In 1935, Sydney Ure Smith commissioned Douglas Annand to design a cover for the April issue of his magazine The Home. It was the premier women’s magazine published in Australia between the wars, when the growing consumer market focused on women in an increasingly fashion-conscious society. Annand played a significant role at this time, joining Adrian Feint, Thea Proctor and Hera Roberts in producing cover designs in a period when commercial art replaced illustration as a mode of employment for artists. These artists transformed the image of Australian women, from maternal figures to sophisticated symbols of modern Australian society.
This cover portrays in profile the head of an elegant, fashion-conscious young woman, perhaps an allusion to the line drawings of Picasso and Toulouse-Lautrec. Her image is represented in outline only, in wire on a background of red velvet. An elegant hat, adorned with a large feather, partly hides her hair and face. Annand portrayed her hair as thins curls of wire and, ever the purist, signed his name in the same medium. He used unexpected textural contrasts to advantage, with the flowing linear outline in wire – used completely out of context – indicating the strength of this thoroughly modern woman. The plush red velvet, with its implication of refinement, suggests dignity and grace.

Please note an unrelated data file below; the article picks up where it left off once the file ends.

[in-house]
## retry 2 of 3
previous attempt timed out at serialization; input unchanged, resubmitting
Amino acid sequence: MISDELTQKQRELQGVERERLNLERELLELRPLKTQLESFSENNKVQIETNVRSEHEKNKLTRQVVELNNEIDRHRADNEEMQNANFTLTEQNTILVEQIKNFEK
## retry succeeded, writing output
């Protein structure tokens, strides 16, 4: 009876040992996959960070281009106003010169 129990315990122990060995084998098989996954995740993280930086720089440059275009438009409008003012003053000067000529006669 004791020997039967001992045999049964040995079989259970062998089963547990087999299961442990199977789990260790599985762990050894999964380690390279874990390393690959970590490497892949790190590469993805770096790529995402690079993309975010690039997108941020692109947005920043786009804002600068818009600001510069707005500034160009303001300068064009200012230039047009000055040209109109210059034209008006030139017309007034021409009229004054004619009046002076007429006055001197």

The female form Annand chose for his first cover of The Home was simple and sophisticated and typified the restraint of 1930s fashion. For this, and the majority of his cover designs, Annand continued his experiments with collage. He created images which reproduced perfectly the shapes and textures of the carefully chosen materials.
Text © National Gallery of Australia, Canberra 2010
From: Anne Gray (ed), Australian art in the National Gallery of Australia, National Gallery of Australia, Canberra, 2002